Charles Lindbergh is an American hero, who took the nation, and the world by storm as a 25-year-old pilot in 1927. That was the year Lindbergh flew from New York City to Paris across the Atlantic Ocean solo. Aviation technology was not very advanced during that time period. Lindbergh's plane The Spirit of St. Louis was believed by many to be simply too small to make the solo flight across the great Atlantic. Just carrying enough fuel for the flight was a challenge, and so was the trip itself. Because of the limitations on the speed of aircraft at the time, it would take many hours to make the trip; it was generally accepted that a pilot could not make it alone. Lindbergh would not be deterred though.
Lindbergh was working as a mail pilot when he decided to make his cross-Atlantic flight. Six well-known and trained aviators had lost their lives trying to make the flight before him, so his odds for success were not in his favor. On the morning of May 20, 1927, Lindbergh launched his small plane from Roosevelt Field in New York, and determined to reach Paris. The flight was an international event as Lindbergh's progress was reported by report stations throughout his flight. Lindbergh faced many dangers and challenges during his flight, including foul weather, and flying blind through thick fog. He also had to fight his fatigue during the nearly 54-hour flight.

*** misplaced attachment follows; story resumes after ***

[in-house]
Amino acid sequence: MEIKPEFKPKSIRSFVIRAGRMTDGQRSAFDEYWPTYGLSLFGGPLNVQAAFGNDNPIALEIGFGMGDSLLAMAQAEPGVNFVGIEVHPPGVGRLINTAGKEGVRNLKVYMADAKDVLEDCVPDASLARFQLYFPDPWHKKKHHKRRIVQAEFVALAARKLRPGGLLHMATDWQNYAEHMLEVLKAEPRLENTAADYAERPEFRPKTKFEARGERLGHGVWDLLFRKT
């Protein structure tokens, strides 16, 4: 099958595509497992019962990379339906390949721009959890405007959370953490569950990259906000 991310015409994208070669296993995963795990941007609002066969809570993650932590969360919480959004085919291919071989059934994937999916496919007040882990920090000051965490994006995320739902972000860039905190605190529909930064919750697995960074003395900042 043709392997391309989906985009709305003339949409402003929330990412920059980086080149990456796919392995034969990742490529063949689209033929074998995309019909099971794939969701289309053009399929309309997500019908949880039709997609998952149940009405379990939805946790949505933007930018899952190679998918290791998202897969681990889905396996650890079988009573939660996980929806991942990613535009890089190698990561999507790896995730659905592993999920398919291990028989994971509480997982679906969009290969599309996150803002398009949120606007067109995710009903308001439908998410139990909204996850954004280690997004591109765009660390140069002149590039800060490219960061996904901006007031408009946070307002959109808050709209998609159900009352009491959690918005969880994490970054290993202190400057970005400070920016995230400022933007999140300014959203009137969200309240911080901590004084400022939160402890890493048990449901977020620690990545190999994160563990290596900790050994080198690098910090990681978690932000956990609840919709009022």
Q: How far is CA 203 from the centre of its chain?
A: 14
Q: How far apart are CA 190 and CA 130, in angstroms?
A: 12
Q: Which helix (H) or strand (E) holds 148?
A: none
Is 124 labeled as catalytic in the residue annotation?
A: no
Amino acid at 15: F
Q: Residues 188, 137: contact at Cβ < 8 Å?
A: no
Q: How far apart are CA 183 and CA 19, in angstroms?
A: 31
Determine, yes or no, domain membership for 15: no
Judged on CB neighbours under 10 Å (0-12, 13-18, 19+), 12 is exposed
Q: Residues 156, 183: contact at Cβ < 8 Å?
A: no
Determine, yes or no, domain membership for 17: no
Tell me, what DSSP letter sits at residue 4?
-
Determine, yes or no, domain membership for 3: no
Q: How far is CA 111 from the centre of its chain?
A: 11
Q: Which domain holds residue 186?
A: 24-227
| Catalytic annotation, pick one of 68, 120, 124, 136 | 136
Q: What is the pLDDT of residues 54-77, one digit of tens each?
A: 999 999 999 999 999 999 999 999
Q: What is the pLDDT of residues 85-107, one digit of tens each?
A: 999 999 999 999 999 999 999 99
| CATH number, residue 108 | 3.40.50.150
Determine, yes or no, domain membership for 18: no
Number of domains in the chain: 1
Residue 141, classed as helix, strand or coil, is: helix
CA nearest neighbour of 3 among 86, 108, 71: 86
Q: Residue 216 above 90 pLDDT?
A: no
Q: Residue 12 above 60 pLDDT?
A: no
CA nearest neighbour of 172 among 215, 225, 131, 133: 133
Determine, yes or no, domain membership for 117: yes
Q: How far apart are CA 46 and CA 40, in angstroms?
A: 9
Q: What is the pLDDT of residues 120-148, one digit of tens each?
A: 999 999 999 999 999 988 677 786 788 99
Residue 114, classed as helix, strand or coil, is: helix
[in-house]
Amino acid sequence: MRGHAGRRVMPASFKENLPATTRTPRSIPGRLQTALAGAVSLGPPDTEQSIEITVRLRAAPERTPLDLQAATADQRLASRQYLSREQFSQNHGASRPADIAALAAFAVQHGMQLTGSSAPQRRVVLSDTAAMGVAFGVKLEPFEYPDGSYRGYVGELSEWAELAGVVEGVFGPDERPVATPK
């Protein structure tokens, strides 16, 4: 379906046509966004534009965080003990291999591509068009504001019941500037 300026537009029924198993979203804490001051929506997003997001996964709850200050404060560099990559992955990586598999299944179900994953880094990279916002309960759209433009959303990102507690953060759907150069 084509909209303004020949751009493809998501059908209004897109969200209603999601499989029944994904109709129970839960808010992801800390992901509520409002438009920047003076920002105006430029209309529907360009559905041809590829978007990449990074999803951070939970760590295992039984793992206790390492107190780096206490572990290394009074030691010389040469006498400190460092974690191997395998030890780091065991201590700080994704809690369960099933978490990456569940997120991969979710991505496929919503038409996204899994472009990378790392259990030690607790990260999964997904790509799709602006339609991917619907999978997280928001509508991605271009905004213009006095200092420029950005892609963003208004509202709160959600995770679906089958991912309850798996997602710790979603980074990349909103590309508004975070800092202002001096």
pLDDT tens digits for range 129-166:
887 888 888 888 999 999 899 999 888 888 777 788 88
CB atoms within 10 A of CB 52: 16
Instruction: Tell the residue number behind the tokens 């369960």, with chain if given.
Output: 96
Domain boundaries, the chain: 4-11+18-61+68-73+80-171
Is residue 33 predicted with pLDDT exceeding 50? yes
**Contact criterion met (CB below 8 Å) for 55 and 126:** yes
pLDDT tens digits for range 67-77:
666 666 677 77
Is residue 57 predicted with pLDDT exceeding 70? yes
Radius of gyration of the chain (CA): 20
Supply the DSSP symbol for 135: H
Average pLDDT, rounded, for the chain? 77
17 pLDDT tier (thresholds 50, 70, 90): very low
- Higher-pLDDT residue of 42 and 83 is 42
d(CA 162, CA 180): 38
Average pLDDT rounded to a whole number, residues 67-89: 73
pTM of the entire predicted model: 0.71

It was all well worth the trouble when Lindbergh landed in Paris on Saturday night, May 21, 1927. More than 150,000 French citizens had gathered to join the celebration of his historic flight. Lindbergh had become an international superstar literally overnight. He came home to an adoring American public that celebrated his fame with a parade through the streets of New York City.